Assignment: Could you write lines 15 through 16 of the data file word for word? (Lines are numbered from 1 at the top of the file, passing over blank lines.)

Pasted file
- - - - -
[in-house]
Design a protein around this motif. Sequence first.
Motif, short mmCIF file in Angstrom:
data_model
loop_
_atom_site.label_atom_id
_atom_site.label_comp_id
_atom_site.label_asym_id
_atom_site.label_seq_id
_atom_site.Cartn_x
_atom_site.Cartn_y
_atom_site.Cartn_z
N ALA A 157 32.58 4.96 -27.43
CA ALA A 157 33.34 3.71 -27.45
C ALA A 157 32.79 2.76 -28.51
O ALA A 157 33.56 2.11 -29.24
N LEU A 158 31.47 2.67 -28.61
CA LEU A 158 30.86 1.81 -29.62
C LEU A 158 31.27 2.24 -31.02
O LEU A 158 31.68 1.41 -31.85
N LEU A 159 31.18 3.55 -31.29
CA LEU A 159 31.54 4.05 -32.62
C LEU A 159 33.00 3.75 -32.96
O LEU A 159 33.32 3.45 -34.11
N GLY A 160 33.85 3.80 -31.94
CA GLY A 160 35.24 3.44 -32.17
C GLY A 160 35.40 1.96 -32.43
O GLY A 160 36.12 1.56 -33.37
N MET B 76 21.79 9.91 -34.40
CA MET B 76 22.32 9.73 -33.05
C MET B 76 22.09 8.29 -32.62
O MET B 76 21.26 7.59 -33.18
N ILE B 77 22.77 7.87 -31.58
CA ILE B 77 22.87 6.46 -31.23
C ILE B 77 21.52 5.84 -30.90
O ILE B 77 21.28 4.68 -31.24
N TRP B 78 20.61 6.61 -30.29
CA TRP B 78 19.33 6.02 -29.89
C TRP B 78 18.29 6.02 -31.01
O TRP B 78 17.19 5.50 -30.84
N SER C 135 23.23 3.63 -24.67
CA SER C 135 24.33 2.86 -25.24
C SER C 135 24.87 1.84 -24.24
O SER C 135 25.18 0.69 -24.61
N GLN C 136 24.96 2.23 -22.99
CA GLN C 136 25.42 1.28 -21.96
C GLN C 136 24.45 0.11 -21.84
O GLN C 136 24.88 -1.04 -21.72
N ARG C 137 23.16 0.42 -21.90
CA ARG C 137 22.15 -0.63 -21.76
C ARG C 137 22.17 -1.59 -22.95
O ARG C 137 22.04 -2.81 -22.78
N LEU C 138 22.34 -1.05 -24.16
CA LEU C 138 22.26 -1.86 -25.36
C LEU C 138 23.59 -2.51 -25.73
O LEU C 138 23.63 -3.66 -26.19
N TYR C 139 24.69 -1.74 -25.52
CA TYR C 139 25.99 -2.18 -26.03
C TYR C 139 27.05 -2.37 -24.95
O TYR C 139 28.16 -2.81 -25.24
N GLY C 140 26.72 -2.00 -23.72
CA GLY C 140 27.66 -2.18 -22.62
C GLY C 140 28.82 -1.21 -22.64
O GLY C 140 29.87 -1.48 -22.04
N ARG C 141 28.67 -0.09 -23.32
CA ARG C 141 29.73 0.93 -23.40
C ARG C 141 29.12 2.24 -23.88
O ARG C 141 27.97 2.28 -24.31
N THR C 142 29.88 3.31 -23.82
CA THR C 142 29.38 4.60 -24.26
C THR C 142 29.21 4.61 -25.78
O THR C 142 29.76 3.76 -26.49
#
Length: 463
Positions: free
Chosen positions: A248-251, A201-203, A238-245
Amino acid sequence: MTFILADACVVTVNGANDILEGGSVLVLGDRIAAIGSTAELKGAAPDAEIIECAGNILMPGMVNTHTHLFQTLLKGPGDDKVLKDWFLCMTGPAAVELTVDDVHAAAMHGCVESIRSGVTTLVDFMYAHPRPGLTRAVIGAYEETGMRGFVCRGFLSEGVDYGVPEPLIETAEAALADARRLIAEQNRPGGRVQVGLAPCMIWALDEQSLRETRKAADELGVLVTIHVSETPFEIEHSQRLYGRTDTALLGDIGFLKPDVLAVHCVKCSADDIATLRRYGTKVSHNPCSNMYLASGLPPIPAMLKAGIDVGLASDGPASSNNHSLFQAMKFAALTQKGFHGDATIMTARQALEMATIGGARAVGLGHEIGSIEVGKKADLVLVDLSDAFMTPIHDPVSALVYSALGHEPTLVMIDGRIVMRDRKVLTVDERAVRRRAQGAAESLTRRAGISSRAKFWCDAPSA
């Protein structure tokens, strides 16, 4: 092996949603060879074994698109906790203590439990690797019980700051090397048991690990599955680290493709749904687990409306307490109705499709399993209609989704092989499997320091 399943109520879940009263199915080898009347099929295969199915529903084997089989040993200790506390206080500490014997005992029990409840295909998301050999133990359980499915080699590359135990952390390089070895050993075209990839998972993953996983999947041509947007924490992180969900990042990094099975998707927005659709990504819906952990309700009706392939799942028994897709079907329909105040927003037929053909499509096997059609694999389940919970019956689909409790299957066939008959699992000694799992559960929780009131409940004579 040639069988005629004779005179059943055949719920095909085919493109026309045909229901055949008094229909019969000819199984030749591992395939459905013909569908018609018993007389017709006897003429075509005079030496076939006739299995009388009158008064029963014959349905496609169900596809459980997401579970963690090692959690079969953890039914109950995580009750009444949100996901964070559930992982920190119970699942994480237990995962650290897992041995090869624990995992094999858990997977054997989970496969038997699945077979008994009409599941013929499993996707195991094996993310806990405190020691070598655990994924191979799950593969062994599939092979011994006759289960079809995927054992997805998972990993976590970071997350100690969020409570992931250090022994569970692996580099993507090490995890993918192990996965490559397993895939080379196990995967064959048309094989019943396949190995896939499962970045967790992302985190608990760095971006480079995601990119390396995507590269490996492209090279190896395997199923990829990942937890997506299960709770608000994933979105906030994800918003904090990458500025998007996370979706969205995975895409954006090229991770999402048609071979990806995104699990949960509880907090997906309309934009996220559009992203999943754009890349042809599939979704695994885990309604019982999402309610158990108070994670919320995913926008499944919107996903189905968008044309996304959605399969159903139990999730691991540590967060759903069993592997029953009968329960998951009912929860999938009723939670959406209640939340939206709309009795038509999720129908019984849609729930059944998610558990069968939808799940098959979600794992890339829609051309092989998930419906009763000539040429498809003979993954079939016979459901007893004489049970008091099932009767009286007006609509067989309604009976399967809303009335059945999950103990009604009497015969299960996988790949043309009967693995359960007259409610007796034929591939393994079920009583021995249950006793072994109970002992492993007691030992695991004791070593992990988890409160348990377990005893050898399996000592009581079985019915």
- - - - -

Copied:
C ALA A 157 32.79 2.76 -28.51
O ALA A 157 33.56 2.11 -29.24